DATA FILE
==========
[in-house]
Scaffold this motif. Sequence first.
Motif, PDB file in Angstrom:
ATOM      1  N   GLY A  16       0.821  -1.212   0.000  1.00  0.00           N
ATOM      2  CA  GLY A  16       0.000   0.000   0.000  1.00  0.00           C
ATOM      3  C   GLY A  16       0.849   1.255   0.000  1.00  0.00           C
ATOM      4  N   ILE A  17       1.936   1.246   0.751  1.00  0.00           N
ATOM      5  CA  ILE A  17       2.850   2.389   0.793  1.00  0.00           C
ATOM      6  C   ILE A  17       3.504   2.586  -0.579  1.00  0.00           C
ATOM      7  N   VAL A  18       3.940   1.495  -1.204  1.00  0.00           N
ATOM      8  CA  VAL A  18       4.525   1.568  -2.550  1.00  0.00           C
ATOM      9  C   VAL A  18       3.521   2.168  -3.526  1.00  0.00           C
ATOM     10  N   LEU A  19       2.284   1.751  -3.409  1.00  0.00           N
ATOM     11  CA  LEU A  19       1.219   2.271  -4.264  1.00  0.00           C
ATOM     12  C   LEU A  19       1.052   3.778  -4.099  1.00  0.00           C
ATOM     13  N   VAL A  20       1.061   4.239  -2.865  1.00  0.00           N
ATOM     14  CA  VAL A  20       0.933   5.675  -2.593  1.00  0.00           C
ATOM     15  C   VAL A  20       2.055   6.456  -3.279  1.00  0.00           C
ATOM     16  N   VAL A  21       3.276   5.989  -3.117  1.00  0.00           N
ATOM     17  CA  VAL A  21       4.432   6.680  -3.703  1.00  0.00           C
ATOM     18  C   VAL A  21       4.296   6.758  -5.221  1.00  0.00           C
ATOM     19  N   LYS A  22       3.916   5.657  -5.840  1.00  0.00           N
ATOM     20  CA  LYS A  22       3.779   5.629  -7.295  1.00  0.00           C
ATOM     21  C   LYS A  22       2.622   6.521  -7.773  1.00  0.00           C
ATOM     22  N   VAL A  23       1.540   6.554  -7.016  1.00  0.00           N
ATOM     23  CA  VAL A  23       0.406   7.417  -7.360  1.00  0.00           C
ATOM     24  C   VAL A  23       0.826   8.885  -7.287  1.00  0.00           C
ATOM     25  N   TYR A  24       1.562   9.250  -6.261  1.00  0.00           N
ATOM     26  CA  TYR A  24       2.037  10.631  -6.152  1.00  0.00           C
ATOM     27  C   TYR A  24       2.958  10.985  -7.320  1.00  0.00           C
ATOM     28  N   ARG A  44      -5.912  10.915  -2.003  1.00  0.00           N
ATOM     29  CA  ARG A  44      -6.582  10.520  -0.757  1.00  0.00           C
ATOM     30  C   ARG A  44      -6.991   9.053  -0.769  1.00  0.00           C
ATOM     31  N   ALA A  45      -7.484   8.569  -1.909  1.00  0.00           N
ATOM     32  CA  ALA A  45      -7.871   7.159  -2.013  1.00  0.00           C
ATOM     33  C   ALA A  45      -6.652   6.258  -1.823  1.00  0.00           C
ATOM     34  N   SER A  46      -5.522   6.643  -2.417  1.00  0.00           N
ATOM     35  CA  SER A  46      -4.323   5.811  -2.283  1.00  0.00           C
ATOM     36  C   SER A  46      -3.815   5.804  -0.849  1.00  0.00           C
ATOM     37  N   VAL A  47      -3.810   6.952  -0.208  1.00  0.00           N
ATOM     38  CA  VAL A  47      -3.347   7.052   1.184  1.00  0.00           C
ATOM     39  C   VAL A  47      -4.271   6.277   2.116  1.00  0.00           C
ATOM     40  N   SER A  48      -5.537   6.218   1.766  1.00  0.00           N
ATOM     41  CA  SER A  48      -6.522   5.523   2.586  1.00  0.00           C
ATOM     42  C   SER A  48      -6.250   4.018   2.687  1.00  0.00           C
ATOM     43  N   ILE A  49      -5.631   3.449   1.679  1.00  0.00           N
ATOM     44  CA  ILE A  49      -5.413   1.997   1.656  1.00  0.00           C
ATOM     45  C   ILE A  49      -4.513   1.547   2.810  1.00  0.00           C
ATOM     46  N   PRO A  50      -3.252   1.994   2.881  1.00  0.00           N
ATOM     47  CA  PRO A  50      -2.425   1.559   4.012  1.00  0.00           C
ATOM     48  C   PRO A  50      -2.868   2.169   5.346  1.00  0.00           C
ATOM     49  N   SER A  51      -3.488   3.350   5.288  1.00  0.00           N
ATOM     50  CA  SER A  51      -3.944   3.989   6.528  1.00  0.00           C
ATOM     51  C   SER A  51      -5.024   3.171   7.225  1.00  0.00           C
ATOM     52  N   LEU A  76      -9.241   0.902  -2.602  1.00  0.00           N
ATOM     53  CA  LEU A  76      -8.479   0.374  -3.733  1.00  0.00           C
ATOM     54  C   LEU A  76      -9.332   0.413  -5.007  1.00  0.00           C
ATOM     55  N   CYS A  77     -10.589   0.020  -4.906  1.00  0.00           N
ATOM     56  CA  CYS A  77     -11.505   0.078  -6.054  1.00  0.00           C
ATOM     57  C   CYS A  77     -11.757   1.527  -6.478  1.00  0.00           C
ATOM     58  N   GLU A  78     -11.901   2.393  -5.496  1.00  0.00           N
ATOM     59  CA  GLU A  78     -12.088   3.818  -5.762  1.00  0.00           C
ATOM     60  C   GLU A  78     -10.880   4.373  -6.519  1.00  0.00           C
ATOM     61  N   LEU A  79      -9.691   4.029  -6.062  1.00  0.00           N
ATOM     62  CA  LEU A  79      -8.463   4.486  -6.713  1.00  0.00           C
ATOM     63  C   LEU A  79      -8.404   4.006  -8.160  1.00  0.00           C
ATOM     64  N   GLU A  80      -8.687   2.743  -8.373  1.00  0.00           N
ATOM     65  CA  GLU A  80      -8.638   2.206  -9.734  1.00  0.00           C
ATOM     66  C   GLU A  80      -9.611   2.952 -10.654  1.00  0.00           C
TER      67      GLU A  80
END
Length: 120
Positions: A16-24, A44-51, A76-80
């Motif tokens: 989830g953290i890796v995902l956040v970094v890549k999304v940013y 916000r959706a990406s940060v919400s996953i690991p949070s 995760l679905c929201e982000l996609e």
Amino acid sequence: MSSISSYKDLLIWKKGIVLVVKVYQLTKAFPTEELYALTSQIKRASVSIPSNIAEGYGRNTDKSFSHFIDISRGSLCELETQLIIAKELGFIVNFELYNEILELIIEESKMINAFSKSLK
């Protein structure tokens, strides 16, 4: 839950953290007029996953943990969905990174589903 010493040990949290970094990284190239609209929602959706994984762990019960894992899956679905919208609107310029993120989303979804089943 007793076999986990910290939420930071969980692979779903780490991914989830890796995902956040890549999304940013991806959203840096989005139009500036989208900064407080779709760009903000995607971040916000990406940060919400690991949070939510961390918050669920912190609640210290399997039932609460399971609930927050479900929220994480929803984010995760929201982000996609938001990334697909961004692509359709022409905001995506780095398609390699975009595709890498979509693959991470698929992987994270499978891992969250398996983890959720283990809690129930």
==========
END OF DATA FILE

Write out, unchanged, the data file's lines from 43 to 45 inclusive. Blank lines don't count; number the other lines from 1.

ATOM     40  N   SER A  48      -5.537   6.218   1.766  1.00  0.00           N
ATOM     41  CA  SER A  48      -6.522   5.523   2.586  1.00  0.00           C
ATOM     42  C   SER A  48      -6.250   4.018   2.687  1.00  0.00           C